January 25, 2022 | by NRG Team Voices | Engineering + Technology

The term “digitalization” has been at the forefront of wind energy discussions in recent years. At the highest level, digitalization refers to harnessing the power of digital technologies to improve business processes. When applied to the clean energy sector, this can manifest as better operational efficiency, more informed decision-making, and the creation of more user-focused solutions based on real-world data. While the term’s prevalence in wind is undeniable, what it means has been somewhat ill-defined due in part to its inherent vastness and innumerable applications. According to Michael Purdue, NRG Systems’ Vice President, Engineering, this was the impetus behind the formation of IEA Wind Task 43, a subset of the International Energy Agency Wind Technology Collaboration Program.

IEA Wind Task 43 members at the group's kick-off meeting in Boulder, Colorado.

At a topical expert meeting in 2018, leaders from a variety of global organizations were brought together to gain a better understanding of the technologies contributing to digitalization, the current state of digitalization, and potential opportunities for growth. “There was also this lingering question of why do we talk about this topic a lot but feel like it’s still hard to grasp?” said Purdue. “That is really what drove us to create this community of thought leaders; to help us navigate and harness the immense potential of digitalization in wind.”

We sat down with Purdue to learn more about IEA Wind Task 43 and the committee’s goals for the future. 

NRG Systems (NRG): What were some of the main concerns Task 43 aimed to address when it launched?

Michael Purdue (MP): Some of the issues that seemed to persist were the definition of wind digitalization itself, which was broad and difficult to nail down; a seemingly unquantified value proposition around digitalization; a lack of standardized datasets for technologies like machine learning and big data; under-adopted data standards; inefficient data analysis; and a dearth of open-source tools for data sharing. These obstacles are really what informed our initial roadmap. From the start, we sought to define in a truly understandable way what is meant by wind energy digitalization. That included describing the current state of digitalization capabilities and practices within the wind energy sector. With that established, we looked to other sectors and their use of digitalization so we could identify and develop recommended practices specific to the wind sector. Finally, we sought to identify the pathways that would help us create this change as well as hurdles we might have to work around.

NRG: Can you talk about some of those pathways and hurdles to digitalization in wind?

MP: The first step to making progress when it comes to digitalization in wind is to make data sharing more acceptable, accessible, and encouraged. Data sharing between the various stakeholders involved in a wind project is essential to optimize processes and truly harness the power of the data captured at all stages of the project lifecycle. But there are a variety of barriers to data sharing. To gain a better understanding of these barriers and how we can overcome them, we interviewed more than 30 wind professionals and heard some of the same issues mentioned time and time again. This led to the development of a two-pronged approach to encourage data sharing that focused on creating a metadata standard, including shared ontology, vocabulary, and semantics, as well as an online platform akin to an industry data marketplace. The very approaches necessary to improve data sharing also provide a means to assign a value to data. The ability to exchange data for appropriate consideration (e.g., money, data of like value, etc.) creates a self-sustaining incentive to further improve the ability to share data by continuing to refine the ontology, vocabulary, and metadata semantics used to find, identify, describe, and place a value on wind energy data.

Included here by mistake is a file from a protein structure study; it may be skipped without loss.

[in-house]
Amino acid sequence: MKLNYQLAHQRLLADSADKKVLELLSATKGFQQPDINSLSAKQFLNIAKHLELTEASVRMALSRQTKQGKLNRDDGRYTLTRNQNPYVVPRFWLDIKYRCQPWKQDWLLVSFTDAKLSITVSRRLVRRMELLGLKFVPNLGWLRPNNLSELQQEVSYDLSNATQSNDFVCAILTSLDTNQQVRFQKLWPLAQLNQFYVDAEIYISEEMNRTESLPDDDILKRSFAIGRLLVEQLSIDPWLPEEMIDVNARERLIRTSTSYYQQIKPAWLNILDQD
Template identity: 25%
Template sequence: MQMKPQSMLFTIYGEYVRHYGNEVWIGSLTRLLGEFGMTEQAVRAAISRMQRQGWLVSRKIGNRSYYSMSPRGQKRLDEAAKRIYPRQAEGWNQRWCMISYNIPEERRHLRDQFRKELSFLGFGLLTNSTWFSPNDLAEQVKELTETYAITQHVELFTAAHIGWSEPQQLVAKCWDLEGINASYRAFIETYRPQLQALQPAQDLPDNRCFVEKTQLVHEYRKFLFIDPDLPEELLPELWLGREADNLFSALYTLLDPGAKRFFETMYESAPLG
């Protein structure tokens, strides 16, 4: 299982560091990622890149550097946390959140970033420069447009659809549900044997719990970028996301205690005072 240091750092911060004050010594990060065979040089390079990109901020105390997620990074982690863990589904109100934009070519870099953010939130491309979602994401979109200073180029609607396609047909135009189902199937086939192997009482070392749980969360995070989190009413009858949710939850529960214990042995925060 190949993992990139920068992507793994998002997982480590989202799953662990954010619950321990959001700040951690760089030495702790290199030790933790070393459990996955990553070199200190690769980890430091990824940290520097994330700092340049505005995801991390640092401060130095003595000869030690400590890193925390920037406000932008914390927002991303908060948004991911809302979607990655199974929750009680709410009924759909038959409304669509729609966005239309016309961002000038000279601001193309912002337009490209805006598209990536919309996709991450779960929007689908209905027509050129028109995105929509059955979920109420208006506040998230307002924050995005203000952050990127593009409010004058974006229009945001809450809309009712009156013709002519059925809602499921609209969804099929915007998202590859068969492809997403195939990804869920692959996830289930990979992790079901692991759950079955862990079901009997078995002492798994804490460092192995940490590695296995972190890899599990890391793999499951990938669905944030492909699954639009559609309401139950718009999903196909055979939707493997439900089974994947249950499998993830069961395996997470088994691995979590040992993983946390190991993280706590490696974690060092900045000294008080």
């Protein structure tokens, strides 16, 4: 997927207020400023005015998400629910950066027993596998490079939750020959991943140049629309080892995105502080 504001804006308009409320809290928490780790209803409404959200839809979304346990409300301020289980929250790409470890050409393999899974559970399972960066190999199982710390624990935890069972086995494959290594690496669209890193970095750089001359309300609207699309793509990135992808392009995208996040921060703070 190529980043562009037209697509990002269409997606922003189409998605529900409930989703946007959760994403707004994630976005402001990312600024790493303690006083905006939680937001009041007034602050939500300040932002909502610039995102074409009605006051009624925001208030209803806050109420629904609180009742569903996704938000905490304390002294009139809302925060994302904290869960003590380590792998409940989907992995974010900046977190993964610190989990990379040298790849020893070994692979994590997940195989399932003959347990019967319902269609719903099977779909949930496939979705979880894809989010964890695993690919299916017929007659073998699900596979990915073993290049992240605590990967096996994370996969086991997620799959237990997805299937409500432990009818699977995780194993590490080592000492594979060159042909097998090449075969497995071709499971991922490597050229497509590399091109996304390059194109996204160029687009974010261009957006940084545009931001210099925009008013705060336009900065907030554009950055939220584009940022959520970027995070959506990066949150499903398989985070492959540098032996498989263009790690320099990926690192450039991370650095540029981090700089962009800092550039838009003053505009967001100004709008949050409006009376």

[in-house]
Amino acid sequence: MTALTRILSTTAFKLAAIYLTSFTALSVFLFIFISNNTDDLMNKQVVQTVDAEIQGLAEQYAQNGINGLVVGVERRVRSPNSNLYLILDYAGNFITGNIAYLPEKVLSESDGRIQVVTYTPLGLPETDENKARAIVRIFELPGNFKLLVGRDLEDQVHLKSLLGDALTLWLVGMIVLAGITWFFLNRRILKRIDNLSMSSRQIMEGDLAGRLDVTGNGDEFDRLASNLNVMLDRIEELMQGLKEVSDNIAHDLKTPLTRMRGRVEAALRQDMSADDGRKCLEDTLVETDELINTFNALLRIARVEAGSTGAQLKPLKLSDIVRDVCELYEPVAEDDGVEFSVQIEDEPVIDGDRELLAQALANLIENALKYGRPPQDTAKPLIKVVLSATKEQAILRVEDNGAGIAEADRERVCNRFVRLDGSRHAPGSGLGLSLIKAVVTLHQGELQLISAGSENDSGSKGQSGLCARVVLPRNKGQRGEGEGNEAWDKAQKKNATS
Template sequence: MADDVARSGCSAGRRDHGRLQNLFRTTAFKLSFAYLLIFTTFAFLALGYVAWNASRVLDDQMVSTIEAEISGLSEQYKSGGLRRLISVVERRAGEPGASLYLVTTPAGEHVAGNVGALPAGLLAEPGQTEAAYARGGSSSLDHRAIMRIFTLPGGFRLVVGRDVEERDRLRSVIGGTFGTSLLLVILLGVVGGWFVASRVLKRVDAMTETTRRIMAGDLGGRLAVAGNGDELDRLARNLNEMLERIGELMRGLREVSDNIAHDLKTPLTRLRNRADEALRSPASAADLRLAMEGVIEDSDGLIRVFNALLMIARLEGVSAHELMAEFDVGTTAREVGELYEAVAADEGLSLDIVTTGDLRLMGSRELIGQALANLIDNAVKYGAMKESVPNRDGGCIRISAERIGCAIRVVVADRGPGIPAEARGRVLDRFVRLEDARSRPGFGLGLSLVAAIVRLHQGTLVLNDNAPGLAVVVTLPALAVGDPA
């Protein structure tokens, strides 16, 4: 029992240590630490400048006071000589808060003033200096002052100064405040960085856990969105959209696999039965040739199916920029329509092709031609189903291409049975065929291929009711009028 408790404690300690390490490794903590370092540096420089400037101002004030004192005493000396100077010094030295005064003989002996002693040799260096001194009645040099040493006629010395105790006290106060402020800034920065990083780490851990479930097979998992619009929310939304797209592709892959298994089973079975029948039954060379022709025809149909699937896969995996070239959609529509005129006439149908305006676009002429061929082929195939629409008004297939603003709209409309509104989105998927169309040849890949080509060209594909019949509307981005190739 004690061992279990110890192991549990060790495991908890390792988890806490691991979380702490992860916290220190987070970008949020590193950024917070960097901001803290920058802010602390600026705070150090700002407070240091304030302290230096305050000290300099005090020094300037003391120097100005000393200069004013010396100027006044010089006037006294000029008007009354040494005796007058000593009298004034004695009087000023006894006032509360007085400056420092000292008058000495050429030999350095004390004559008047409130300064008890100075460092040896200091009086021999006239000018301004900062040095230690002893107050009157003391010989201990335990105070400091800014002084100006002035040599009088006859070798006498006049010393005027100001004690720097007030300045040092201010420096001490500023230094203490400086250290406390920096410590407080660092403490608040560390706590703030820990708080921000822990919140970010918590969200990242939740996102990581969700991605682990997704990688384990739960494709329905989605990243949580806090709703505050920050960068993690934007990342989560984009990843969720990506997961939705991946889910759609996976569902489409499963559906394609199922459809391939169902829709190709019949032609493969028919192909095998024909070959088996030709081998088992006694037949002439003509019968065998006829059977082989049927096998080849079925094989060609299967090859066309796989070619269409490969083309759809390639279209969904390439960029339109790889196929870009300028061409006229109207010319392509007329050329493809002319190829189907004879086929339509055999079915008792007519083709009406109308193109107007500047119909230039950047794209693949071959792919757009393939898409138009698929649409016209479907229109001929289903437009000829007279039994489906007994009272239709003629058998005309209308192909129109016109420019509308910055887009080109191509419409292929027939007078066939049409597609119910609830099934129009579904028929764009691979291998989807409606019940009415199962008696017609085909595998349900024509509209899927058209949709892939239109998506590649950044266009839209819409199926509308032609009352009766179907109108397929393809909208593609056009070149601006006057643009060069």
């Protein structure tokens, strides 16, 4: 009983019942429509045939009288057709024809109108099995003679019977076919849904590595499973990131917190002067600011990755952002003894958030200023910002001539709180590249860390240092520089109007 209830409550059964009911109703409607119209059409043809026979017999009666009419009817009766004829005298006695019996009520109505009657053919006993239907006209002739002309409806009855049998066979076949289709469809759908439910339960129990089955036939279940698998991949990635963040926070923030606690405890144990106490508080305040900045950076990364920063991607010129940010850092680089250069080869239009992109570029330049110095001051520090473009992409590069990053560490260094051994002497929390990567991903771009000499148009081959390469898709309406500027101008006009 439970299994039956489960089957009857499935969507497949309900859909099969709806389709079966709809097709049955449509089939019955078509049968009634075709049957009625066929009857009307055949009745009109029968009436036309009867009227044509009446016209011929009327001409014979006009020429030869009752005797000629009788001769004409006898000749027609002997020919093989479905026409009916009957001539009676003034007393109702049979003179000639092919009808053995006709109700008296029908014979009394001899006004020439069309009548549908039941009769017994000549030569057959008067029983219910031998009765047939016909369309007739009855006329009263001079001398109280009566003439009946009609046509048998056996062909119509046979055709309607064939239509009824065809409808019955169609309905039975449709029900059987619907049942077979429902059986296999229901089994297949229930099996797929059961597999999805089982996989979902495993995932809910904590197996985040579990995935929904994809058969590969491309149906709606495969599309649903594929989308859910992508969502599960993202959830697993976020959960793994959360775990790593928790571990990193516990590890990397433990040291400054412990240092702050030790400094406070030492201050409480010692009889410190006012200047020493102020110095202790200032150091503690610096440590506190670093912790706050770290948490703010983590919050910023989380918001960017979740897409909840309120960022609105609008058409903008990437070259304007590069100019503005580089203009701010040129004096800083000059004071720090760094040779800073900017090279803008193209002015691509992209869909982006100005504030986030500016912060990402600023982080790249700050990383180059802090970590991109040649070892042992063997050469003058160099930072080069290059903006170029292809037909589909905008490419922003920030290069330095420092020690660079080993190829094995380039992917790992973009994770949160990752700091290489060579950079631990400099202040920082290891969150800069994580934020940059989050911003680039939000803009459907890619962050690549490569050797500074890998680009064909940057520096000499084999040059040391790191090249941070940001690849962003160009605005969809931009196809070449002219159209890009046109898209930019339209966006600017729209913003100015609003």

NRG: What does the wind industry stand to gain from embracing digitalization?

MP: At its heart, digitalization is about improving processes. For wind professionals, that could look like reducing time and effort around wind data analysis, empowering people with varying levels of technical understanding to make informed, data-supported decisions, and improving how wind industry stakeholders work together to achieve our shared goals, which at the end of the day, are rooted in making the clean energy transition as efficient and as successful as possible.

NRG: What lies ahead for Task 43?

MP: We have been working towards launching a universal data model that standardizes wind resource assessment data. This data model will transform how we structure and transfer data throughout the wind resource assessment process, saving users time, leaving less room for error, and allowing for effortless repeatability. We believe that an open-source data standard eases the friction of data transfer within and between organizations and enables scalable workflows including quality control, summary statistics, analysis, and reporting. This universal data standard will serve as a foundation for next-generation workflows that enable data science and machine learning applications. We are encouraging wind industry professionals to use, review, and contribute to this standard. Head to our data standard GitHub repository to partake!

CLICK HERE for additional information about IEA Wind Task 43 and to learn how you can get involved.

Blog ImagesArtboard 1
NRG Team Voices



View more posts by NRG Team Voices